I have real fears about creating a generation tension which will give young people the sense that they are increasingly being abandoned by a luckier and more fortunate generation than theirs. Today most of our children do not expect to be better off than we are. Many parents expect their children to be worse off than themselves. There is a declining projection of what will happen to our society.
It is wicked that people should give the impression that they are abandoning those between the ages of 16 and 18; the age when they have hardly entered adult society. That is a very wicked thing to do. Sometimes we should use powerful moral phrases.
The amendment is moderate, and it is greatly to the credit of the noble Lord, Lord Henderson of Brompton, that he has come here tonight to move it. Obviously, doing so has caused him certain problems and therefore I greatly respect him for that. I hope that Ministers will consider carefully what is the minimal possible safety net for young people to whom we owe at least the obligation of a chance in life before they are written off.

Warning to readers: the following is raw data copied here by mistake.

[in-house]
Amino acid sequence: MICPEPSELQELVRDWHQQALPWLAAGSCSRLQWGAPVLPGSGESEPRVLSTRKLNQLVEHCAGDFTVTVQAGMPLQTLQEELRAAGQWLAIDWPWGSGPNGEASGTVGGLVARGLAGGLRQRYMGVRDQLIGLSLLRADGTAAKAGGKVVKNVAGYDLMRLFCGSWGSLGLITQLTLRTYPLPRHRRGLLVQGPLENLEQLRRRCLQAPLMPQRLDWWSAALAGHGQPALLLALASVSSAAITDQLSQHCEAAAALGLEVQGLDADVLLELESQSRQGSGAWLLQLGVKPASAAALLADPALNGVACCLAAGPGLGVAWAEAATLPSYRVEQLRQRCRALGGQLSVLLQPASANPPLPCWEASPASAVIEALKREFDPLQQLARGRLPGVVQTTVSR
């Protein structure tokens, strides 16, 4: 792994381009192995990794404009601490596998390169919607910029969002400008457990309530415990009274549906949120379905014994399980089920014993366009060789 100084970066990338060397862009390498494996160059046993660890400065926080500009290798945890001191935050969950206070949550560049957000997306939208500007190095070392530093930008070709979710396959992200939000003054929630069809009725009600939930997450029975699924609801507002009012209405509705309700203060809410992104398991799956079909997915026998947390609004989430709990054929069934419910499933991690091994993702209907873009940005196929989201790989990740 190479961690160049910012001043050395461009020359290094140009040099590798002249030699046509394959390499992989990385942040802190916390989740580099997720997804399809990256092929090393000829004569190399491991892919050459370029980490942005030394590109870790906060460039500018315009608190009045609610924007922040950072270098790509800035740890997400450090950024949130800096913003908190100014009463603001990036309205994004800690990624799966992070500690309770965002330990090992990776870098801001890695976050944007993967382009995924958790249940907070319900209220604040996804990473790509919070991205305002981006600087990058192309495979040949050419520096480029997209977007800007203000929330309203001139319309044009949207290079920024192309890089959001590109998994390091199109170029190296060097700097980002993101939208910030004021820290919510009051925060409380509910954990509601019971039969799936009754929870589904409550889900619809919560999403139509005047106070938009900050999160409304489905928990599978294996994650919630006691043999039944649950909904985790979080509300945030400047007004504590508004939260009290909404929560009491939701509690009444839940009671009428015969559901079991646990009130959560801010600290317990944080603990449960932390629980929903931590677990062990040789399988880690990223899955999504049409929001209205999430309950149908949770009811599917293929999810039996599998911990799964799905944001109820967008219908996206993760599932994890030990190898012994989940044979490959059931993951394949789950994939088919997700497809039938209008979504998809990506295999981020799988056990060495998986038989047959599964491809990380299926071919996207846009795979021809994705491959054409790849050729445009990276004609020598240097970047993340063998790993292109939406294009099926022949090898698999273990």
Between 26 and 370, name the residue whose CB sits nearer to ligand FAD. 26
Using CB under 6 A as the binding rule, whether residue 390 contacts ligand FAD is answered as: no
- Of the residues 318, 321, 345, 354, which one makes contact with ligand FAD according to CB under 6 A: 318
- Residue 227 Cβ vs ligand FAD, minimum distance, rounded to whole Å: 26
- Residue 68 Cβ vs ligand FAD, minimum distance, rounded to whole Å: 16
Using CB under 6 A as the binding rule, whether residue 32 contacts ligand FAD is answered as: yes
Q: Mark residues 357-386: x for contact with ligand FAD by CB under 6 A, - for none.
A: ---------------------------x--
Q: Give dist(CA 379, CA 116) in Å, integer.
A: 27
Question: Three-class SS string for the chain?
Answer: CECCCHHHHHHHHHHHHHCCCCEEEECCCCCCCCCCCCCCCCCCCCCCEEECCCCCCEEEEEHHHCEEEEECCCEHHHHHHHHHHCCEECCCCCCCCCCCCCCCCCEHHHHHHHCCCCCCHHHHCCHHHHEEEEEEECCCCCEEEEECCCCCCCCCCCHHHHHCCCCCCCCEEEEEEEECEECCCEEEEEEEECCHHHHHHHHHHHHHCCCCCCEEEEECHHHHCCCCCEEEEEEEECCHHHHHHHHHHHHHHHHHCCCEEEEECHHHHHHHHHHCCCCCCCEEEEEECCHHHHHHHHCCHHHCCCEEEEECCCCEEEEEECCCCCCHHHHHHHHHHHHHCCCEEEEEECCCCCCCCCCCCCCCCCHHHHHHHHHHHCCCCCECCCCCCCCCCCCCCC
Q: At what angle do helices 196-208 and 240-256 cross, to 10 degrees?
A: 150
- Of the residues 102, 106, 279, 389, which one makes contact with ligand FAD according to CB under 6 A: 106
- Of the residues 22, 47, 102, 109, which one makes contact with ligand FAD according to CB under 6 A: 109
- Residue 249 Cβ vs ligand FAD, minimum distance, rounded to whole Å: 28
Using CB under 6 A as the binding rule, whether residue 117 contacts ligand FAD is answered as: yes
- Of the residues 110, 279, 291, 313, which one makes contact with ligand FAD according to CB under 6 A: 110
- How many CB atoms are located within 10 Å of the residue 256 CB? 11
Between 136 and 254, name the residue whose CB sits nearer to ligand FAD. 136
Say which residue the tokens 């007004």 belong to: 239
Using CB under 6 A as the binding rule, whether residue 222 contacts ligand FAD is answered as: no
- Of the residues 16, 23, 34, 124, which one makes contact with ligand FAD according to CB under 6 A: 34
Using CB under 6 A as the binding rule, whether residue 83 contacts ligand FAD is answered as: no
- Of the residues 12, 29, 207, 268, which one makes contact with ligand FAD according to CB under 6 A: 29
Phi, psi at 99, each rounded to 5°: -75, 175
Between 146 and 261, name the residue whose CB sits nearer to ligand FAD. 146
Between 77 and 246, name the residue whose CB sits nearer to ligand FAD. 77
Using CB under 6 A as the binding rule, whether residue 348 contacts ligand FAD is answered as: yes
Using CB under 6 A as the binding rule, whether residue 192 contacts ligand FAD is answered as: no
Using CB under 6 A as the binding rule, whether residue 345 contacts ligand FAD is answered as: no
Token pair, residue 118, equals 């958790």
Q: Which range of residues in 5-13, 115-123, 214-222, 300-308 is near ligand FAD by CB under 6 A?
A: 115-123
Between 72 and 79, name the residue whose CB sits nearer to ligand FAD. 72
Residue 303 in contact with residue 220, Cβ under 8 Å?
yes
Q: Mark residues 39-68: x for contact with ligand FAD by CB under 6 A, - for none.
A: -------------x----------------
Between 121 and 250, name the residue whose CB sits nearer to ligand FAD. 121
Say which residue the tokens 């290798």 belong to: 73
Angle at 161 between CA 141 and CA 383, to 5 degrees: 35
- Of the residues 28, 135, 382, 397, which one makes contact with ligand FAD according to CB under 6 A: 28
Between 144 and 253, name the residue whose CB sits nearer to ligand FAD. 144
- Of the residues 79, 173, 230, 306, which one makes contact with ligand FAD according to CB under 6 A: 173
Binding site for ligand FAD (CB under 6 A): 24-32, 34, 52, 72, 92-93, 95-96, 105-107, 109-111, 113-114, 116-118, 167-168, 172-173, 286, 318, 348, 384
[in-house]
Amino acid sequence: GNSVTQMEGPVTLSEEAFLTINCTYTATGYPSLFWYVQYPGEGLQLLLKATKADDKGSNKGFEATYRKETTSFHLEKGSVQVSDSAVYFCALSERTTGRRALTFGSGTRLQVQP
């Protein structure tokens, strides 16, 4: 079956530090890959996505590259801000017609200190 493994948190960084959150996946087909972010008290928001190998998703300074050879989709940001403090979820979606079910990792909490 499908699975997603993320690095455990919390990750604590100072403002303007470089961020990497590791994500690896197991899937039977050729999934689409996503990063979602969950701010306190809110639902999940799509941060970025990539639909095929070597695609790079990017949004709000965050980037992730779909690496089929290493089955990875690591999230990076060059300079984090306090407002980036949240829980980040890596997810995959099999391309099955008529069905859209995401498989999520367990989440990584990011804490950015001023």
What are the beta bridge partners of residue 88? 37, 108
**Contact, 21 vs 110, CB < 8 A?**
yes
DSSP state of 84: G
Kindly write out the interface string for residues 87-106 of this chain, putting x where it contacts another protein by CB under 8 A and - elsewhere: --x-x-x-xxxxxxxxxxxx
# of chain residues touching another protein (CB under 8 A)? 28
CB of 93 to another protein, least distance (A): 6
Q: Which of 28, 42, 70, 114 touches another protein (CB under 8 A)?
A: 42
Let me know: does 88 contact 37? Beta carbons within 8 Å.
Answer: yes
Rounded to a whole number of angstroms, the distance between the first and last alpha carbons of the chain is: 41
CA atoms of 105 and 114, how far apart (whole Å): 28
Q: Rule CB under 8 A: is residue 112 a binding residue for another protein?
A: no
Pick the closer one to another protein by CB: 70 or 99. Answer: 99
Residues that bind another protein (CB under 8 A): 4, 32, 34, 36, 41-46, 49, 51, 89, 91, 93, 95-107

Earl Russell: My Lords, I too support the amendment. I do not believe that the Minister has any idea of the level of hardship that is normal among this group of people. If one lives on a diet of social security briefs, one gets pretty used to hardship; indeed, one must get hardened to it. However, I can think of no where in the whole field of social security where I meet a regular diet of such intense hardship as I do when looking at what is happening to 16 and 17 year-olds.